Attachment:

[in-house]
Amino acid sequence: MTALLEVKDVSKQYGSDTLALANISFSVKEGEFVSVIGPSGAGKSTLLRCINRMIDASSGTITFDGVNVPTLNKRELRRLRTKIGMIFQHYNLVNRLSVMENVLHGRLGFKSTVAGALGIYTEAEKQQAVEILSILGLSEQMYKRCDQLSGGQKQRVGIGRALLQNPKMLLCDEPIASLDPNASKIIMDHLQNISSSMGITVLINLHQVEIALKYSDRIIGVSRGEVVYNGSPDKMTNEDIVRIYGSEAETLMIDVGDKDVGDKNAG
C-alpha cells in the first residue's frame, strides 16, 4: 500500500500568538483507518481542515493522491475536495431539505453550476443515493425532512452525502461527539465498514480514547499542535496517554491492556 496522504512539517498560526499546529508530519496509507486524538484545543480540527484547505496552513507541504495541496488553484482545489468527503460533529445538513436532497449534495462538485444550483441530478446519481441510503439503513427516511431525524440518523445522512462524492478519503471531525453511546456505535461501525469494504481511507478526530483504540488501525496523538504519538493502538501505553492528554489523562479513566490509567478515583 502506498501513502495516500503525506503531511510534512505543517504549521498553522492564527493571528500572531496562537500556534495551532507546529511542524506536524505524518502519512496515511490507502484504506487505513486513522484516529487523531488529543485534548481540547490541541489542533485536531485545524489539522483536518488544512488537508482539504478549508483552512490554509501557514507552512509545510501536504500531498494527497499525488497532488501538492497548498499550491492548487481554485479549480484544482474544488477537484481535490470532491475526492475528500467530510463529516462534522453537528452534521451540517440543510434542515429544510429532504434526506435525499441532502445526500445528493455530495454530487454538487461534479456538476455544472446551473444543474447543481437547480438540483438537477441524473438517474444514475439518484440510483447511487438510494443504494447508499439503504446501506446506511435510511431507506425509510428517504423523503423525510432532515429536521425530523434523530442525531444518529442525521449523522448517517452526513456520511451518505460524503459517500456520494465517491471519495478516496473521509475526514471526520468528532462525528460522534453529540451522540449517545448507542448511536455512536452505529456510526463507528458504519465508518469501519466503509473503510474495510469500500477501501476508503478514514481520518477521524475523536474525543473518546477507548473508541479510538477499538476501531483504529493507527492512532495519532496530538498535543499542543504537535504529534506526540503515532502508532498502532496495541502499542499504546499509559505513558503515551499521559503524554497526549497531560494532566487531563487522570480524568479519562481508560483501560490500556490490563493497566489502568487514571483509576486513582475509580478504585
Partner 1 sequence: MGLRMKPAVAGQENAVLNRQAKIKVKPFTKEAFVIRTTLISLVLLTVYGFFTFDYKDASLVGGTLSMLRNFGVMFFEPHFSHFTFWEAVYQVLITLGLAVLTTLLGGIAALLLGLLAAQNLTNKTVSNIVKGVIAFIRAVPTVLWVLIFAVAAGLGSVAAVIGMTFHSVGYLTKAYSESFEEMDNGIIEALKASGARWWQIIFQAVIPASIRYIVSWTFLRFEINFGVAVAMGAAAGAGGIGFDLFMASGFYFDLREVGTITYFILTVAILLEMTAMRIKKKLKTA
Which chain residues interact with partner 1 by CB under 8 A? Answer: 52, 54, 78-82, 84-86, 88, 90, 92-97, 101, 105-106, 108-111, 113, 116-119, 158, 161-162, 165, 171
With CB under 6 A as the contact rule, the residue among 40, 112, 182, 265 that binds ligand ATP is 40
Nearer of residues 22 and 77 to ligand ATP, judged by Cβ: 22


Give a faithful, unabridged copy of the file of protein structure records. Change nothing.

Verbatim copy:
[in-house]
Amino acid sequence: MTALLEVKDVSKQYGSDTLALANISFSVKEGEFVSVIGPSGAGKSTLLRCINRMIDASSGTITFDGVNVPTLNKRELRRLRTKIGMIFQHYNLVNRLSVMENVLHGRLGFKSTVAGALGIYTEAEKQQAVEILSILGLSEQMYKRCDQLSGGQKQRVGIGRALLQNPKMLLCDEPIASLDPNASKIIMDHLQNISSSMGITVLINLHQVEIALKYSDRIIGVSRGEVVYNGSPDKMTNEDIVRIYGSEAETLMIDVGDKDVGDKNAG
C-alpha cells in the first residue's frame, strides 16, 4: 500500500500568538483507518481542515493522491475536495431539505453550476443515493425532512452525502461527539465498514480514547499542535496517554491492556 496522504512539517498560526499546529508530519496509507486524538484545543480540527484547505496552513507541504495541496488553484482545489468527503460533529445538513436532497449534495462538485444550483441530478446519481441510503439503513427516511431525524440518523445522512462524492478519503471531525453511546456505535461501525469494504481511507478526530483504540488501525496523538504519538493502538501505553492528554489523562479513566490509567478515583 502506498501513502495516500503525506503531511510534512505543517504549521498553522492564527493571528500572531496562537500556534495551532507546529511542524506536524505524518502519512496515511490507502484504506487505513486513522484516529487523531488529543485534548481540547490541541489542533485536531485545524489539522483536518488544512488537508482539504478549508483552512490554509501557514507552512509545510501536504500531498494527497499525488497532488501538492497548498499550491492548487481554485479549480484544482474544488477537484481535490470532491475526492475528500467530510463529516462534522453537528452534521451540517440543510434542515429544510429532504434526506435525499441532502445526500445528493455530495454530487454538487461534479456538476455544472446551473444543474447543481437547480438540483438537477441524473438517474444514475439518484440510483447511487438510494443504494447508499439503504446501506446506511435510511431507506425509510428517504423523503423525510432532515429536521425530523434523530442525531444518529442525521449523522448517517452526513456520511451518505460524503459517500456520494465517491471519495478516496473521509475526514471526520468528532462525528460522534453529540451522540449517545448507542448511536455512536452505529456510526463507528458504519465508518469501519466503509473503510474495510469500500477501501476508503478514514481520518477521524475523536474525543473518546477507548473508541479510538477499538476501531483504529493507527492512532495519532496530538498535543499542543504537535504529534506526540503515532502508532498502532496495541502499542499504546499509559505513558503515551499521559503524554497526549497531560494532566487531563487522570480524568479519562481508560483501560490500556490490563493497566489502568487514571483509576486513582475509580478504585
Partner 1 sequence: MGLRMKPAVAGQENAVLNRQAKIKVKPFTKEAFVIRTTLISLVLLTVYGFFTFDYKDASLVGGTLSMLRNFGVMFFEPHFSHFTFWEAVYQVLITLGLAVLTTLLGGIAALLLGLLAAQNLTNKTVSNIVKGVIAFIRAVPTVLWVLIFAVAAGLGSVAAVIGMTFHSVGYLTKAYSESFEEMDNGIIEALKASGARWWQIIFQAVIPASIRYIVSWTFLRFEINFGVAVAMGAAAGAGGIGFDLFMASGFYFDLREVGTITYFILTVAILLEMTAMRIKKKLKTA
Which chain residues interact with partner 1 by CB under 8 A? Answer: 52, 54, 78-82, 84-86, 88, 90, 92-97, 101, 105-106, 108-111, 113, 116-119, 158, 161-162, 165, 171
With CB under 6 A as the contact rule, the residue among 40, 112, 182, 265 that binds ligand ATP is 40
Nearer of residues 22 and 77 to ligand ATP, judged by Cβ: 22